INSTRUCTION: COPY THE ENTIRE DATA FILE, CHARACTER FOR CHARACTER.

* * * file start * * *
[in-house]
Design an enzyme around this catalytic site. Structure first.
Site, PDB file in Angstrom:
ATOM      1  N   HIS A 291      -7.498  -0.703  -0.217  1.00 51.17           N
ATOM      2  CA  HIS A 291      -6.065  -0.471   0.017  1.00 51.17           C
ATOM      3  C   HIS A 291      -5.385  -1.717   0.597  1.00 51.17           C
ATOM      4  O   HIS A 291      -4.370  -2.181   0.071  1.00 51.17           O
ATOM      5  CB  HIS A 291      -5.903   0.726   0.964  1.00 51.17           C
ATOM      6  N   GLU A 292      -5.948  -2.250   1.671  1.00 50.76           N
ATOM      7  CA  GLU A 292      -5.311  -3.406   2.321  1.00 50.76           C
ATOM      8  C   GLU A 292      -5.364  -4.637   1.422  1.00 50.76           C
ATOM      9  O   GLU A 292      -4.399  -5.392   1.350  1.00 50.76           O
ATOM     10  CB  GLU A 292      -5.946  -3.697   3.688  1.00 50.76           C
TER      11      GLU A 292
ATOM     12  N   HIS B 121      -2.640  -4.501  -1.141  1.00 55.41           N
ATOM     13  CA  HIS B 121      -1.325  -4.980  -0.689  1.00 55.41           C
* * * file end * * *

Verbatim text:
[in-house]
Design an enzyme around this catalytic site. Structure first.
Site, PDB file in Angstrom:
ATOM      1  N   HIS A 291      -7.498  -0.703  -0.217  1.00 51.17           N
ATOM      2  CA  HIS A 291      -6.065  -0.471   0.017  1.00 51.17           C
ATOM      3  C   HIS A 291      -5.385  -1.717   0.597  1.00 51.17           C
ATOM      4  O   HIS A 291      -4.370  -2.181   0.071  1.00 51.17           O
ATOM      5  CB  HIS A 291      -5.903   0.726   0.964  1.00 51.17           C
ATOM      6  N   GLU A 292      -5.948  -2.250   1.671  1.00 50.76           N
ATOM      7  CA  GLU A 292      -5.311  -3.406   2.321  1.00 50.76           C
ATOM      8  C   GLU A 292      -5.364  -4.637   1.422  1.00 50.76           C
ATOM      9  O   GLU A 292      -4.399  -5.392   1.350  1.00 50.76           O
ATOM     10  CB  GLU A 292      -5.946  -3.697   3.688  1.00 50.76           C
TER      11      GLU A 292
ATOM     12  N   HIS B 121      -2.640  -4.501  -1.141  1.00 55.41           N
ATOM     13  CA  HIS B 121      -1.325  -4.980  -0.689  1.00 55.41           C